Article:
Blue, who is PEF co-chair of the Joint PEF-NYS Health and Safety Committee, said that after the attack OGS issued a list of safety and security improvements in response to PEF’s requests over the past year. “We made those requests because of a series of incidents that occurred in and around downtown parking lots and garages,” he said.
According to Blue, the list released by OGS in February includes such things as: increased staff presence, upgraded and improved lighting in many locations, installed additional cameras in strategic locations in East Garage, Sheridan Hollow Garage and P-Levels at the Empire State Plaza, installed “blue lights” on emergency phone boxes in the garages and at Water Street Lot, new fencing at the Liberty Lot, and improved signage overall in multiple locations.
“We are grateful the OGS has taken these steps to improve the safety and security in and around the downtown parking lots,” Blue said. “We would hope though, that in the future, they would make sure that everyone is notified of these improvements.
He also noted that unfortunately none of these improvements were enough to prevent the attack on Tully or even make the parking lot attendant aware that it was occurring.
Blue said he was encouraged by the response of Albany Mayor Kathy Sheehan when he met with her about the incident.
Blue said, “Mayor Sheehan expressed shock and concern about the attack and she pledged to work with us to improve safety. The mayor and Deputy Police Chief Edward Donohue immediately assured us that they had increased their patrols around each of the downtown lots and that they would work very hard to identify and apprehend a suspect in the attack.”
Tully said police have kept her posted on their progress in investigating the attack..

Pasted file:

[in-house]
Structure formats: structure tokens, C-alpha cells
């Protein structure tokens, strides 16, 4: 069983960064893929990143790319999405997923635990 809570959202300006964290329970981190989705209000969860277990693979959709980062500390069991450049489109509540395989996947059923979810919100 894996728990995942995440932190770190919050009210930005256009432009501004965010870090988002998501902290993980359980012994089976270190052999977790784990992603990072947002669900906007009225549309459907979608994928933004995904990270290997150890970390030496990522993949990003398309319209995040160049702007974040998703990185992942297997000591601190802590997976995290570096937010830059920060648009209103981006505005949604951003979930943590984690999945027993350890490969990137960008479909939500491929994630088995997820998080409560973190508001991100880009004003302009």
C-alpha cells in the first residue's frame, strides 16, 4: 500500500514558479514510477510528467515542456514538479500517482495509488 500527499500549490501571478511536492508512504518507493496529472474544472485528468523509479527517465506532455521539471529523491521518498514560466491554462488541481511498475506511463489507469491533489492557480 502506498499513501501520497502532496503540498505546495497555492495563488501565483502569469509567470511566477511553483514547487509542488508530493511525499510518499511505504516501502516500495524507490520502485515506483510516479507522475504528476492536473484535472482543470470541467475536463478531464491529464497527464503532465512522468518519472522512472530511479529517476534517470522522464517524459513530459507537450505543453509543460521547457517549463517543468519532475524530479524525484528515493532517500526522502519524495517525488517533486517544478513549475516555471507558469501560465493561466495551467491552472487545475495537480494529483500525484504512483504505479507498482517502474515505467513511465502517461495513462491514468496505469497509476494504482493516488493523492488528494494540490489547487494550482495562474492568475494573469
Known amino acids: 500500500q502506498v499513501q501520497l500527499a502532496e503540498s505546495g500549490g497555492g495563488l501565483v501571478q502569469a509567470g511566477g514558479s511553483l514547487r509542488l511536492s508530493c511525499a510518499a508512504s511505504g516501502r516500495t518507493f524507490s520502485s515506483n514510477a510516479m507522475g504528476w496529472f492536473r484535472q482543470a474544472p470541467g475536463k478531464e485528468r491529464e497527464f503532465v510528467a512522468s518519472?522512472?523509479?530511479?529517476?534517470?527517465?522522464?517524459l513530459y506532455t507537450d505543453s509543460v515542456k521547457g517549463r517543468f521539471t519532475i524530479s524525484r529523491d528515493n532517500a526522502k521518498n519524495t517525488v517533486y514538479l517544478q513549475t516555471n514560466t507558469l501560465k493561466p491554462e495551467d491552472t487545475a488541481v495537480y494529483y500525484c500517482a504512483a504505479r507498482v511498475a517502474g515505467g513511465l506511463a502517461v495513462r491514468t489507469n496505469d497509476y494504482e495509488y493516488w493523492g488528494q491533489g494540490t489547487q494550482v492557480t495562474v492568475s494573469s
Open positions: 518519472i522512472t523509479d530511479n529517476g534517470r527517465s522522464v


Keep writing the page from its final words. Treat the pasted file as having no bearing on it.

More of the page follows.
“The mayor said she would also reach out to state Commissioner of General Services RoAnn Destito, with whom the city already has a working relationship in dealing with parking, traffic and other common concerns,” Blue said.
“I feel this meeting with the mayor was a really nice start for efforts to improve safety, and we appreciate her helpfulness,” Blue said.
Blue said he also got in touch with Mary Sullivan, executive vice president of the Civil Service Employees Association, who said CSEA shares PEF’s concern and will support efforts to increase safety.
“We will continue to work with the Governor’s Office of Employee Relations, the OGS, the Albany Mayor’s Office and the Albany Police Department to increase and improve safety and security in and around the downtown Albany parking areas that our members use every day,” Blue said.
“We will continue to insist that the state and the city do their very best to provide the most secure environment possible through proper lighting, security cameras, proper signage, easily accessible emergency phones and most importantly a security presence on the ground at each of the downtown lots, whether through routine patrols or through the placement of security staff at each of the lots. Our mission is to make the type of attack that happened at the Elk street parking lot a one-time incident.”
Tully said she appreciates all that the union is doing to try to improve safety and the efforts of the Albany Police to catch her assailant and prevent him from hurting any more people.
“I feel this is on the state,” she said. “It needs real security.”